2017-03-26 06:02

Johannesburg - Comedian Jordan Peele takes us on a frustrating yet ultimately victorious ride with his race-based mystery horror movie. Get Out combines genuine thrills with a no-holds-barred critique of black-white relations.

The story centres on a white woman, Rose Armitage (portrayed by Allison Williams), who brings her black boyfriend, Chris Washington (played by British actor Daniel Kaluuya) home to suburban Alabama to meet her parents, whose superficially warm welcome masks an unthinkably dark secret.

A strange sequence of events unravel that lead to Chris fighting to escape as he discovers that black people are being hypnotised by Mrs Armitage and forced to become the servants of white families. Georgina, Walter and Logan are three such victims, and live in an unending state of bondage in which they are forced to perform physical and emotional labour to accommodate whiteness. They do this with a forced joyfulness, much like the way slaves were expected to be happy when serving their masters – and the way black people are still expected to be happy living under oppression.

Mrs Armitage puts them under hypnosis and banishes their consciousness to the “sunken place”, an area deep in the mind where a person’s body is paralysed and crushed by the weight of psychological trauma.

Mrs Armitage succeeds in inducing Chris into a vulnerable state. Satisfied, she then tells him to “sink through the floor”. As Chris is pulled into a state of paralysis, he is only able to observe his life through a grainy screen as Mrs Armitage utters: “Now, you’re in the sunken place.”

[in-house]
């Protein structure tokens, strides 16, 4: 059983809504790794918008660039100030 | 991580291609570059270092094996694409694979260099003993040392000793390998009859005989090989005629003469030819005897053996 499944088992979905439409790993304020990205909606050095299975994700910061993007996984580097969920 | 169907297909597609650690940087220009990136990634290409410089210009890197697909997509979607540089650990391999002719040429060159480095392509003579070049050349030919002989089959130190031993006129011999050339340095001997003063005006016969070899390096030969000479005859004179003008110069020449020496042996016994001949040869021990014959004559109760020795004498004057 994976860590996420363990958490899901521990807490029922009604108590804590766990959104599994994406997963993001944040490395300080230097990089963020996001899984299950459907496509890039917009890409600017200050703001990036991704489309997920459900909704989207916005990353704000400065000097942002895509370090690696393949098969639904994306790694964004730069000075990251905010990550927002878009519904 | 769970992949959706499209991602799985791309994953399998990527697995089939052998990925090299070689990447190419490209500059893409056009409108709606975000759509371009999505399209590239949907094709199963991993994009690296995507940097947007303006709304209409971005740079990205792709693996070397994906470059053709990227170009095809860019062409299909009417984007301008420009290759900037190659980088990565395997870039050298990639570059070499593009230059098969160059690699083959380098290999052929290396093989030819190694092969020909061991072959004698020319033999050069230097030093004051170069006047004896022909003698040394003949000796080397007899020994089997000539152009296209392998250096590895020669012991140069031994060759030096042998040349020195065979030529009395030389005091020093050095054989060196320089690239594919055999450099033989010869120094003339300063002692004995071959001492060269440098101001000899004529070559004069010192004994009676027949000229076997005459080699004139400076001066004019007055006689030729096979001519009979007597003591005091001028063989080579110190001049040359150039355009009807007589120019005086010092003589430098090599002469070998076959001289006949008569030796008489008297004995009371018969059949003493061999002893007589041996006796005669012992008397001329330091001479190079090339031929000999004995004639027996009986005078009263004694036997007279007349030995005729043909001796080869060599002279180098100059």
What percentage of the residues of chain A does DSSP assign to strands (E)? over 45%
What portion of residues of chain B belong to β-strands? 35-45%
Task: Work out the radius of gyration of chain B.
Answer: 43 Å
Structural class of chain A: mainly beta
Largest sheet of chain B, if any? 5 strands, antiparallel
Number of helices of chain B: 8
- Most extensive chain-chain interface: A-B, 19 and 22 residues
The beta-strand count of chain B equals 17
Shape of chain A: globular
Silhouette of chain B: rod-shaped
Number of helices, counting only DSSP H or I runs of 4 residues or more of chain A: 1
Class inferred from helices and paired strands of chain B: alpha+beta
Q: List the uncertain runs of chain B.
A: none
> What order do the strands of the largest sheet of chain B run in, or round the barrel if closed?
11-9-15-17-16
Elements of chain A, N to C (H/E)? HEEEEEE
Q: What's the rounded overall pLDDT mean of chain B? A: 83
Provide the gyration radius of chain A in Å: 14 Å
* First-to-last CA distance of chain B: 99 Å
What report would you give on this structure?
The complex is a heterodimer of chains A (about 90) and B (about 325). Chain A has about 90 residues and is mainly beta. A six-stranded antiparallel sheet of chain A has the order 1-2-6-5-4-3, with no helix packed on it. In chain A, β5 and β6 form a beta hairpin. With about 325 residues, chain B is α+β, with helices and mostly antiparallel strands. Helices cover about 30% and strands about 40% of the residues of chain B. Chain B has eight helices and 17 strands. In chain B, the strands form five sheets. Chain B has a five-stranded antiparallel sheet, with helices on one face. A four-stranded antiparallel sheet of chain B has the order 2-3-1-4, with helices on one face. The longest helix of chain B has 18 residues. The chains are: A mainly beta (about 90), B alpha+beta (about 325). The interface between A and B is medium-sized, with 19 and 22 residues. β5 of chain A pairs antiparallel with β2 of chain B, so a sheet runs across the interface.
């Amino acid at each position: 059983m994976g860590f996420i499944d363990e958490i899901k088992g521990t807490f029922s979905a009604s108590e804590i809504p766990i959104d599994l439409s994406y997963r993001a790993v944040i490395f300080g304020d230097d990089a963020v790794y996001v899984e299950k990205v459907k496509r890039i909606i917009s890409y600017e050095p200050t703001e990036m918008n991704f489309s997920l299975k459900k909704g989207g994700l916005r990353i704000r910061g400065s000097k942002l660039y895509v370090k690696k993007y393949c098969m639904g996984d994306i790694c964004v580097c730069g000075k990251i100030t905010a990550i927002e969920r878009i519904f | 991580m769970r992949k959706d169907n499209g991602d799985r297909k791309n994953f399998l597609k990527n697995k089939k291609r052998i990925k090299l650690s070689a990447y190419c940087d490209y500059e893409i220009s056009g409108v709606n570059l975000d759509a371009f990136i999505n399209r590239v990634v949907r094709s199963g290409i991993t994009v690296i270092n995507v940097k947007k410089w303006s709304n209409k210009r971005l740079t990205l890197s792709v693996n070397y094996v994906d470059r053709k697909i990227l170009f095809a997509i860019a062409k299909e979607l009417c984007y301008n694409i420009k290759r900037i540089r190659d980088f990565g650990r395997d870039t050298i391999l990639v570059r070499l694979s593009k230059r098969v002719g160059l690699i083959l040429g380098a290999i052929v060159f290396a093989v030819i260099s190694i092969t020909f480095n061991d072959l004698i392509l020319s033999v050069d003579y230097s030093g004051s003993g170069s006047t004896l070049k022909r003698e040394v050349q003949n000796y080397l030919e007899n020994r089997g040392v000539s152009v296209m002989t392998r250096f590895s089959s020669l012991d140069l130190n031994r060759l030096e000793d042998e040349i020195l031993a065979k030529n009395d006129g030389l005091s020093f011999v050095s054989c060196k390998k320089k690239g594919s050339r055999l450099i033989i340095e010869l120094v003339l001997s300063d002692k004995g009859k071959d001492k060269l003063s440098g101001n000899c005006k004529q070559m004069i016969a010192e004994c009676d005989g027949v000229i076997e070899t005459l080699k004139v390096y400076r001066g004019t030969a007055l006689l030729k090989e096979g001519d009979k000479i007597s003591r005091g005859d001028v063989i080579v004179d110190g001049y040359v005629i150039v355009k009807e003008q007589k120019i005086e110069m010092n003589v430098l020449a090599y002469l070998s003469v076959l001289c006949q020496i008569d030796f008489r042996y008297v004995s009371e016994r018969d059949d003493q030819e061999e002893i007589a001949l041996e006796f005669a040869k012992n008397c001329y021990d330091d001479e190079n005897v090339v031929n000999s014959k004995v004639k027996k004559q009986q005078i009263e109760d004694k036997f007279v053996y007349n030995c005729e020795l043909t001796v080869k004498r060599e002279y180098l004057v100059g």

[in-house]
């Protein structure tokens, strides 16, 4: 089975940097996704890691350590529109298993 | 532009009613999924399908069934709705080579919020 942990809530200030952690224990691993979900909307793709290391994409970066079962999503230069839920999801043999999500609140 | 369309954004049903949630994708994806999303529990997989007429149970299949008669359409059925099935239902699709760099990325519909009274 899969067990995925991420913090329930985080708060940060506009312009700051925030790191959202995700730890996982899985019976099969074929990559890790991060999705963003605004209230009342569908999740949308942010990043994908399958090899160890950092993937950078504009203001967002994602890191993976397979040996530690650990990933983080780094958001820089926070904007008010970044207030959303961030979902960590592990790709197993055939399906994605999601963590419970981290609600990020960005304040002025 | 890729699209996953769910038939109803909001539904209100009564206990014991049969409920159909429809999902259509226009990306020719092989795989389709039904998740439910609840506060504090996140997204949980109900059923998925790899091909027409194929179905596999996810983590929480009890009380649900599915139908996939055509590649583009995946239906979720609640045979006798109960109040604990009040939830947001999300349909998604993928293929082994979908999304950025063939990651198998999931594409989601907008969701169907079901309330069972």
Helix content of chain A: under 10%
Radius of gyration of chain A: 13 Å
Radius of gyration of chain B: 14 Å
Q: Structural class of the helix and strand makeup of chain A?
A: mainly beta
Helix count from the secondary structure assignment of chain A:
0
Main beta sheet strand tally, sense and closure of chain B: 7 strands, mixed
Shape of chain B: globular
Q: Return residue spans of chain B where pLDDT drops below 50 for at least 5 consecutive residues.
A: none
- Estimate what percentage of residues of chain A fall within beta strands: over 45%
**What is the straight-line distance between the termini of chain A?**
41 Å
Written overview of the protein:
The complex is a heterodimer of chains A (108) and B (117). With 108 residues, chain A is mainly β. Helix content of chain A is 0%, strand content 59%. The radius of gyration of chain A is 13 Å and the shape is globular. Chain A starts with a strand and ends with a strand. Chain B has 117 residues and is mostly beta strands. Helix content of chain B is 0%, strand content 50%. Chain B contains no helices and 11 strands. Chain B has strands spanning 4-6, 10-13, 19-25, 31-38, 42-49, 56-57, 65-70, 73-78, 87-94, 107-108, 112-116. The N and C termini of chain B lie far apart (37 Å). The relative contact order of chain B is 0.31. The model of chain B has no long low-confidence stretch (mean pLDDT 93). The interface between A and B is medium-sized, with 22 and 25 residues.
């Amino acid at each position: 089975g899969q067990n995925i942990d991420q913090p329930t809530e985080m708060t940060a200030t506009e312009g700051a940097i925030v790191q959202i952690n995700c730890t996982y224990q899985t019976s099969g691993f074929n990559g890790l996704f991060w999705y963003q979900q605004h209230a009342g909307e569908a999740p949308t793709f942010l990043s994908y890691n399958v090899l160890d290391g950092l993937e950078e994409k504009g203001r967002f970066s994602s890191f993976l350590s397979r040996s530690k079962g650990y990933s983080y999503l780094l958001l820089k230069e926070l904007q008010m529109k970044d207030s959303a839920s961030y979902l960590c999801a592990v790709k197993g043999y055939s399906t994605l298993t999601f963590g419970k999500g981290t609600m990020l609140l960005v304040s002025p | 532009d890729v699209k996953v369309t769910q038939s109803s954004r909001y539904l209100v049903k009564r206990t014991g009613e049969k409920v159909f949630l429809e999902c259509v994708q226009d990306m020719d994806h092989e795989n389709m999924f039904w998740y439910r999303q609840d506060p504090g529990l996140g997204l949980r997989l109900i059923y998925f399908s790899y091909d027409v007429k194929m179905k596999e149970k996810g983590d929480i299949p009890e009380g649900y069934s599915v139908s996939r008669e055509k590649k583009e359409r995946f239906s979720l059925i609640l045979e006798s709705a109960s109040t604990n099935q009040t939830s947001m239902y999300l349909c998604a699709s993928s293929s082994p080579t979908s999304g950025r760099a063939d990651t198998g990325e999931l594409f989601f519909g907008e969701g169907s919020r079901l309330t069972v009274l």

Peele tweeted earlier this month: “‘The sunken place’ means we’re marginalised. No matter how hard we scream, the system silences us.”

In this film, Peele blends race-savvy satire with horror to powerful effect – fearlessly so for a first-time director.

He addresses a new way white people have found to perpetuate the institution of slavery. The white characters in this film dangerously overestimate the degree of their own enlightenment.

In other words, Peele did not go for the easy target – the assumed-racist Trump voters – but rather the group who voted for Obama and always remind everyone that they would have re-elected him to a third term.

Call it payback for all the black characters that Hollywood horror movies have given us over the years.

Read more on:    get out  |  movies

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